(UPDATED COVERAGE, Nov. 13, 2014) Federal officials are warning retailers and restaurant operators who received products from a Chicago sprout grower to clean and disinfect their facilities because of a deadly listeria outbreak linked to Wholesome Soy Products Inc.
The company shut down operations Nov. 7, according to the Food and Drug Administration, which has been investigating the facility since Aug. 12. Neither the FDA not the Centers for Disease Control and Prevention went public with information about the outbreak until the CDC posted a report Nov. 7.
In that report, CDC officials said at least five people became ill and had to be hospitalized — two of them died — with listeria infections from “highly” similar strains of the pathogen found during a routine FDA sampling of sprouts and spent sprout water as part of a routine inspection that began Aug. 12.
The company stopped and restarted production of sprouts since the investigation began, ultimately shutting down all operations.
Illinois officials are now working to “embargo” products from Wholesome Soy Products, according to FDA and CDC officials.
“Illinois Department of Public Health is working to embargo all product at Wholesome Soy Products Inc. and the other wholesalers that presently have product,” according to the CDC report.
“In addition, IDPH has asked local health departments to contact facilities in their jurisdictions that have received the product to have the facilities either hold the product or destroy per the CDC recommendations.”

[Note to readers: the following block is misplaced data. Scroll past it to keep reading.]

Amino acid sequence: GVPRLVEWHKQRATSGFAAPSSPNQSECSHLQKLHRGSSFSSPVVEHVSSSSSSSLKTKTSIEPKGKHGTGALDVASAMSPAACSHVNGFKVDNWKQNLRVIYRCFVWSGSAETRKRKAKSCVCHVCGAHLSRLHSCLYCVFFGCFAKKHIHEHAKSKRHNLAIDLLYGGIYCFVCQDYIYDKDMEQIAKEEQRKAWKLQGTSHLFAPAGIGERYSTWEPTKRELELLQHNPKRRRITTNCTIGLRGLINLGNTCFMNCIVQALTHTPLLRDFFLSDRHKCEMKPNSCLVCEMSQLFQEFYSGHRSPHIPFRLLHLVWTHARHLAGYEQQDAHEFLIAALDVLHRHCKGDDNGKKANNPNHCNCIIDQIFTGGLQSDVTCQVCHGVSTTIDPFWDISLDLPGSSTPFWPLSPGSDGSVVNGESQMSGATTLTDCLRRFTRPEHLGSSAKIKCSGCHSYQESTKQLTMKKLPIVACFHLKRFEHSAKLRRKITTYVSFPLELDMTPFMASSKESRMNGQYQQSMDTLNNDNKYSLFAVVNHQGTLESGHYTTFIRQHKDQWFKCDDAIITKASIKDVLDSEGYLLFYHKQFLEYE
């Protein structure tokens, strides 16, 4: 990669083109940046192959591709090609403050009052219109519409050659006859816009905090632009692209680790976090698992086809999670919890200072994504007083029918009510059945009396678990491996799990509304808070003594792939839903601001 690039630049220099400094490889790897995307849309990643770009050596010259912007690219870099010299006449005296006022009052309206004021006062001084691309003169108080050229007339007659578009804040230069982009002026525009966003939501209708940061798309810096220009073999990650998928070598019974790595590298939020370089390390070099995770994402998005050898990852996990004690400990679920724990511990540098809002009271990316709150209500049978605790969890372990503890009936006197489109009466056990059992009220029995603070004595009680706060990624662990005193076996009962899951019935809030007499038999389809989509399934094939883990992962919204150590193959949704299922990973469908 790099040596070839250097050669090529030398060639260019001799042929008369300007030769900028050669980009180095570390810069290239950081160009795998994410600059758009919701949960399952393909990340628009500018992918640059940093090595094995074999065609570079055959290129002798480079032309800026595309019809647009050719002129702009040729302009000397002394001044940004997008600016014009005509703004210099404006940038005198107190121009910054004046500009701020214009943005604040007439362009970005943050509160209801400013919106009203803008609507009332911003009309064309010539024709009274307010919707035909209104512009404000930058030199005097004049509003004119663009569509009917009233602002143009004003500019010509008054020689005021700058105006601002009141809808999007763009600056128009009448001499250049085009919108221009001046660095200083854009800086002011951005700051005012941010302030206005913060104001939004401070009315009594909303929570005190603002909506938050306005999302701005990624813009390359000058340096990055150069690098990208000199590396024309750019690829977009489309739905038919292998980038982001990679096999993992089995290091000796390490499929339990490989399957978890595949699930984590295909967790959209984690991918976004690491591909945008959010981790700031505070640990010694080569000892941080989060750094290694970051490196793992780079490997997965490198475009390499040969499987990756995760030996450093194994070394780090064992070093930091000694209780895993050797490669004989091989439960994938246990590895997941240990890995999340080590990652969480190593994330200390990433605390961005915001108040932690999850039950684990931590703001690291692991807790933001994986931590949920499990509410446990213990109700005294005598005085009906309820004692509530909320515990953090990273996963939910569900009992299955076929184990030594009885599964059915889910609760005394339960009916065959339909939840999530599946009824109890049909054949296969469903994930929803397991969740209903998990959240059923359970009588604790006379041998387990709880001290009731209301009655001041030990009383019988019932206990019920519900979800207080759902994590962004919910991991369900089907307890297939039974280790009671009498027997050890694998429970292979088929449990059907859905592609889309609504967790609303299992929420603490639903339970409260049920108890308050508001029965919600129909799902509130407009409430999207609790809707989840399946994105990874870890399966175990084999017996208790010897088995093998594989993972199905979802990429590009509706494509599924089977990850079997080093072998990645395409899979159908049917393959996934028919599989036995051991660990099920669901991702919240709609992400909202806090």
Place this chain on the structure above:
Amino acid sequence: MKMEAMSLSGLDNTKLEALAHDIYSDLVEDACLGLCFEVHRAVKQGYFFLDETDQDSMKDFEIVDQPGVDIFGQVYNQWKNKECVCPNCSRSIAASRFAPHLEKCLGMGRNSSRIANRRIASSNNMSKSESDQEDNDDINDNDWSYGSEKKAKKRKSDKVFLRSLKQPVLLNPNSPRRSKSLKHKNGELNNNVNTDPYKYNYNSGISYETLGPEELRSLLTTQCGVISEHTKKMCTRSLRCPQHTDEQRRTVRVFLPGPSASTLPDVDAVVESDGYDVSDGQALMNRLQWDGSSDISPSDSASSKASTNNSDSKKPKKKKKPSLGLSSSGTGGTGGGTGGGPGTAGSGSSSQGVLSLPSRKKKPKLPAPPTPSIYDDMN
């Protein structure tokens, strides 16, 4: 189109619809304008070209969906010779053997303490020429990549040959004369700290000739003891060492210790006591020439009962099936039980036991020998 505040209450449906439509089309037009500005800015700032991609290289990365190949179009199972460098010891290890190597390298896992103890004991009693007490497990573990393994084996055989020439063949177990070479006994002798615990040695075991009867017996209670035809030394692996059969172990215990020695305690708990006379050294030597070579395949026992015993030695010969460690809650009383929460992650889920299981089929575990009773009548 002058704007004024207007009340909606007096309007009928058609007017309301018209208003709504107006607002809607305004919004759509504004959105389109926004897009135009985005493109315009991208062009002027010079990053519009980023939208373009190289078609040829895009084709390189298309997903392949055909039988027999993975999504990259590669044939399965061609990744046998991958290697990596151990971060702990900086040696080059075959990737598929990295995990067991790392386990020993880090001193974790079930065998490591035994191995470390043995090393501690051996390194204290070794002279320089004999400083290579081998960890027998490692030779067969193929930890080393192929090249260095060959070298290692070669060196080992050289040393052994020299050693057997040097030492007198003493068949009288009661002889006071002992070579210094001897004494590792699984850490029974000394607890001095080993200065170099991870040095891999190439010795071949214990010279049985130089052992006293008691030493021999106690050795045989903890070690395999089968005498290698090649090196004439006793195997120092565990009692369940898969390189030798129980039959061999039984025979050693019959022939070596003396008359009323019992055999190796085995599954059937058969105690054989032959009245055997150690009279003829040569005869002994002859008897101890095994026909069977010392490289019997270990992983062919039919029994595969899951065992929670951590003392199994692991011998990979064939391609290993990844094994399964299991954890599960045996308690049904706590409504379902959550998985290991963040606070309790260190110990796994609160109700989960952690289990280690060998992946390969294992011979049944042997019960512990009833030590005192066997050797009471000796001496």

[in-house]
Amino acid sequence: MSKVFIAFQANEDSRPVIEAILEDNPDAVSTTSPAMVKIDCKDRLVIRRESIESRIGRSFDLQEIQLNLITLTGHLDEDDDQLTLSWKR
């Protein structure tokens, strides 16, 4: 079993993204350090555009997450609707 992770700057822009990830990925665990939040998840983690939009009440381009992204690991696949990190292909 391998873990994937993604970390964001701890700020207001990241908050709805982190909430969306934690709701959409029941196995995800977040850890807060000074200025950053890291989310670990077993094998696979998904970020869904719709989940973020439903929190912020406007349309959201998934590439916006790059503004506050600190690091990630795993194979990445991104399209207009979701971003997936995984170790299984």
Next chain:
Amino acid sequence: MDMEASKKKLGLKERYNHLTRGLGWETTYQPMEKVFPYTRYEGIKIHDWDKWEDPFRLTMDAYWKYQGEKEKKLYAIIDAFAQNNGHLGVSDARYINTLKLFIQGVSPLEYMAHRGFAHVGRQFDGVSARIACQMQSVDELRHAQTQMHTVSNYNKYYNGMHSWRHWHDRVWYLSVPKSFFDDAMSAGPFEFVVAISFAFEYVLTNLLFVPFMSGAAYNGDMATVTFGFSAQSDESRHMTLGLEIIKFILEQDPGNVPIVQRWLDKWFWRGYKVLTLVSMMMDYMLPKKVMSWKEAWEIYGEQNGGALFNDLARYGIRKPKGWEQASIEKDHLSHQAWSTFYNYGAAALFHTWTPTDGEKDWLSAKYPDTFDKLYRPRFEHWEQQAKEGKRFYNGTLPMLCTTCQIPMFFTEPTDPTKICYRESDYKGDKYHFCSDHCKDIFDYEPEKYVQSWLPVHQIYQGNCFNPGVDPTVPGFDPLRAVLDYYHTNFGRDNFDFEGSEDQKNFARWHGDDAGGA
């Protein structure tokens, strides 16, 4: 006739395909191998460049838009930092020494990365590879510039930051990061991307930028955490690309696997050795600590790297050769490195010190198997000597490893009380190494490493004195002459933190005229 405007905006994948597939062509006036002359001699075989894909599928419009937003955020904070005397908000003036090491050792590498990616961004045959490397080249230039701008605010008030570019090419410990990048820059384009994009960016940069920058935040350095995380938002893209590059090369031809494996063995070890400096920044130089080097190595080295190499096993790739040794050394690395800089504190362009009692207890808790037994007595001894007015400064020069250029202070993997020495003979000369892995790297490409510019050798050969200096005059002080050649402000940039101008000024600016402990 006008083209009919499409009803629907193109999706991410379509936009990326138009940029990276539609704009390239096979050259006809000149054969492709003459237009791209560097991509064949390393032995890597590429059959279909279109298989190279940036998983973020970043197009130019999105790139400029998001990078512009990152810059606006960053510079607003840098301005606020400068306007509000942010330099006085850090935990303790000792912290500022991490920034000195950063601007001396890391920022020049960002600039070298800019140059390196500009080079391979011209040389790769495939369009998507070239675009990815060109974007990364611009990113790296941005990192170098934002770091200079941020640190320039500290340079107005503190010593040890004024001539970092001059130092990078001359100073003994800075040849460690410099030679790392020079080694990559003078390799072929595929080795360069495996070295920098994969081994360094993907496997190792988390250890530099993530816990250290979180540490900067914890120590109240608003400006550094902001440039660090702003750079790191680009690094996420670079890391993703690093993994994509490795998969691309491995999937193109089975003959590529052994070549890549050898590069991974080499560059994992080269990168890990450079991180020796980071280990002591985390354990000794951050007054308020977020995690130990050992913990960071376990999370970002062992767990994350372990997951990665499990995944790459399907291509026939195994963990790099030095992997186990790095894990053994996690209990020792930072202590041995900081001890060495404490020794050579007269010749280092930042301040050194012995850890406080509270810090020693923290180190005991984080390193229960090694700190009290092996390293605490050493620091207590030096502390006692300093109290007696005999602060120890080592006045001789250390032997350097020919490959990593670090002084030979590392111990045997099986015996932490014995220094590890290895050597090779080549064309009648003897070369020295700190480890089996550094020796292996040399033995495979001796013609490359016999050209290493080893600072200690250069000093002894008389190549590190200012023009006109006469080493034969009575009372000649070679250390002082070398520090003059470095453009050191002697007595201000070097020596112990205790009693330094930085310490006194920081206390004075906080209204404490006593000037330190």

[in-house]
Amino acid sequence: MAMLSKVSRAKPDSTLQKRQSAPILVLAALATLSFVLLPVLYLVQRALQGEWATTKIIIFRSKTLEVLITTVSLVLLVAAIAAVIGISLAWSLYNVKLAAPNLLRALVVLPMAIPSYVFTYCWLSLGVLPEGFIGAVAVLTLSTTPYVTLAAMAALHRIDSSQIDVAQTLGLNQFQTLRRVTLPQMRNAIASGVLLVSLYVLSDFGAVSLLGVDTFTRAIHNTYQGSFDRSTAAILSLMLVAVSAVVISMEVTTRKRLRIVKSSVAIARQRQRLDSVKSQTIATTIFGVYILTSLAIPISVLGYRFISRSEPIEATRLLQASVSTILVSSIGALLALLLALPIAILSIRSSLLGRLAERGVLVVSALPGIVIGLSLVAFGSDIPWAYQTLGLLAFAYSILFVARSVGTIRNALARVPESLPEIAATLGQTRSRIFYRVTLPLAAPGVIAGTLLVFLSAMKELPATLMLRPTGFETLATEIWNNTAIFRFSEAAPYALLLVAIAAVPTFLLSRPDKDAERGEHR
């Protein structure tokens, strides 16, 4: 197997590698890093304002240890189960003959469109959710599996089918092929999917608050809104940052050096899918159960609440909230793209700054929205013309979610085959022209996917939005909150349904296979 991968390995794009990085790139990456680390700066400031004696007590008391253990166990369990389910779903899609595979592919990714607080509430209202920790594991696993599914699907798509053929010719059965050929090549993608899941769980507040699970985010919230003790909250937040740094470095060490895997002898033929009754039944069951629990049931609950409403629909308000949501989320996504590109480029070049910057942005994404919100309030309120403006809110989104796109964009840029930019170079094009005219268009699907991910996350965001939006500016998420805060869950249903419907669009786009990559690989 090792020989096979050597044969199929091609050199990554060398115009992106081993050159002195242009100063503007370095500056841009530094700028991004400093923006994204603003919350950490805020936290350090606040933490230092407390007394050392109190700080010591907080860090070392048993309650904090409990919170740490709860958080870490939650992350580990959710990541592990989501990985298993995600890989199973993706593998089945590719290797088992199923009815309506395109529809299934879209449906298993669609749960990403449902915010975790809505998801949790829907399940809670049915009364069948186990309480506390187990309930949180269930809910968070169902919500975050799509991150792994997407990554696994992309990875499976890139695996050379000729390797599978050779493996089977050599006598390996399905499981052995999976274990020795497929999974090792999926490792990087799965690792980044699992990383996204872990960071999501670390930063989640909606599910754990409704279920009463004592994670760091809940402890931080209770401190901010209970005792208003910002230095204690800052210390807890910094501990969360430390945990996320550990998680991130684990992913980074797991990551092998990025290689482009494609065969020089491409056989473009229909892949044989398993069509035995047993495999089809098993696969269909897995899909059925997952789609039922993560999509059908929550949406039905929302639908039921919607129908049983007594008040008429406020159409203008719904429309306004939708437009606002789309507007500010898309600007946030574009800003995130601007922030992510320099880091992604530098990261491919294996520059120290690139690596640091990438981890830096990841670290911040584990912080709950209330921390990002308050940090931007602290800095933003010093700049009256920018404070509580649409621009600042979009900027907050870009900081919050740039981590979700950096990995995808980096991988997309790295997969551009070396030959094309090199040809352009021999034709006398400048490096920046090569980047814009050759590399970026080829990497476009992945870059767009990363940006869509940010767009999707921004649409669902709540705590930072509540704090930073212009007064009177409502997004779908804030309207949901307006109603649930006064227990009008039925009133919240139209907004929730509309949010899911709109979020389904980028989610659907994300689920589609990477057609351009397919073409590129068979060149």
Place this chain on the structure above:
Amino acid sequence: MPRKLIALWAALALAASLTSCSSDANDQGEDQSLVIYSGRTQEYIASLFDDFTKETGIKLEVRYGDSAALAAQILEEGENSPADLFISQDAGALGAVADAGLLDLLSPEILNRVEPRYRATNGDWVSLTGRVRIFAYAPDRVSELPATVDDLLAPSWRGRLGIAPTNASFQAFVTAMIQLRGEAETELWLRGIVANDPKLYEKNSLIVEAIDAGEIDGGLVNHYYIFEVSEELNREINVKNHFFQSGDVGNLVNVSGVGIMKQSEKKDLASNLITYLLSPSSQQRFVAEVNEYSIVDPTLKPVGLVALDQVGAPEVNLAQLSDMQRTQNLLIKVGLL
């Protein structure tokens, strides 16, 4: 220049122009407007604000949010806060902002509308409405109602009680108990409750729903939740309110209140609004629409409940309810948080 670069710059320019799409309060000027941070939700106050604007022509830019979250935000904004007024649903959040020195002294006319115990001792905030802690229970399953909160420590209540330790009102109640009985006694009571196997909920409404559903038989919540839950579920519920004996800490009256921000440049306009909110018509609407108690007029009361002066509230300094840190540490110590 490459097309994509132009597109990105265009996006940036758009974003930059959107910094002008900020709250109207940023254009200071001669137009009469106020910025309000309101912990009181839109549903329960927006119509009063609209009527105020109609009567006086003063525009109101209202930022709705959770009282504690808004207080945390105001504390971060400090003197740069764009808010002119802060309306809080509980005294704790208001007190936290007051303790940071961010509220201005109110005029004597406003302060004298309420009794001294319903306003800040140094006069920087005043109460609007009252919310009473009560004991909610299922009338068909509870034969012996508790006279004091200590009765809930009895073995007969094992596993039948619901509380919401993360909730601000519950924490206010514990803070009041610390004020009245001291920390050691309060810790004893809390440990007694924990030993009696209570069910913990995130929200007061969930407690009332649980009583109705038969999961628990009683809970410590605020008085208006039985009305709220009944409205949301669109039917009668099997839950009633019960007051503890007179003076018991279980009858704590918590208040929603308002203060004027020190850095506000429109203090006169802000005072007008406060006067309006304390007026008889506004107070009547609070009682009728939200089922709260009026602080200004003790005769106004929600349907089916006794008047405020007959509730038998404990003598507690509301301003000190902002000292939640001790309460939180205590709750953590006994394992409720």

The illness onset dates ranged from June through August in Illinois and Michigan, according to the CDC report.
The company issued a recall Aug. 28 for its fresh mung bean sprouts in the midst of FDA’s first investigation, which ran from Aug. 13 to Sept. 3, according to the CDC. That investigation returned positive results for listeria monocytogenes from 25 environmental swab samples from the growing operation.
The FDA did not post a recall “news release” regarding the Wholesome Soy Products recall because the company did not provide the agency with one, said FDA spokesman Doug Karas on Nov. 13. The agency posted a report on its website Nov. 10.
Wholesome stopped production of mung bean sprouts Aug. 28. It resumed production Sept. 15 after listeria monocytogenes was not identified in finished product, according to the FDA report.
After its initial inspection, FDA sent Wholesome a letter with 12 “inspectional observations,” citing the company for numerous unsanitary conditions and poor equipment maintenance, according to the FDA report.
Upon returning to the Wholesome growing facility in October, FDA officials again found unsanitary conditions. FDA’s re-inspection from Oct. 7 through Oct. 31 resulted in another letter being issued to the company. It also cited a dozen problems, nine of which “had persisted from the previous inspection,” the CDC said.
On Oct. 14, Wholesome Soy Products stopped production of some of its products, which include tofu and other processed foods. The company continued producing mung bean and soy bean sprouts at that time, according to the CDC.
“Although limited information is available about the specific sprout products that the ill people consumed, the whole genome sequencing findings, together with the sprout consumption history of two patients and inspection findings at the firm, suggest that these illnesses could be related to products from Wholesome Soy Products Inc.,” according to the CDC report.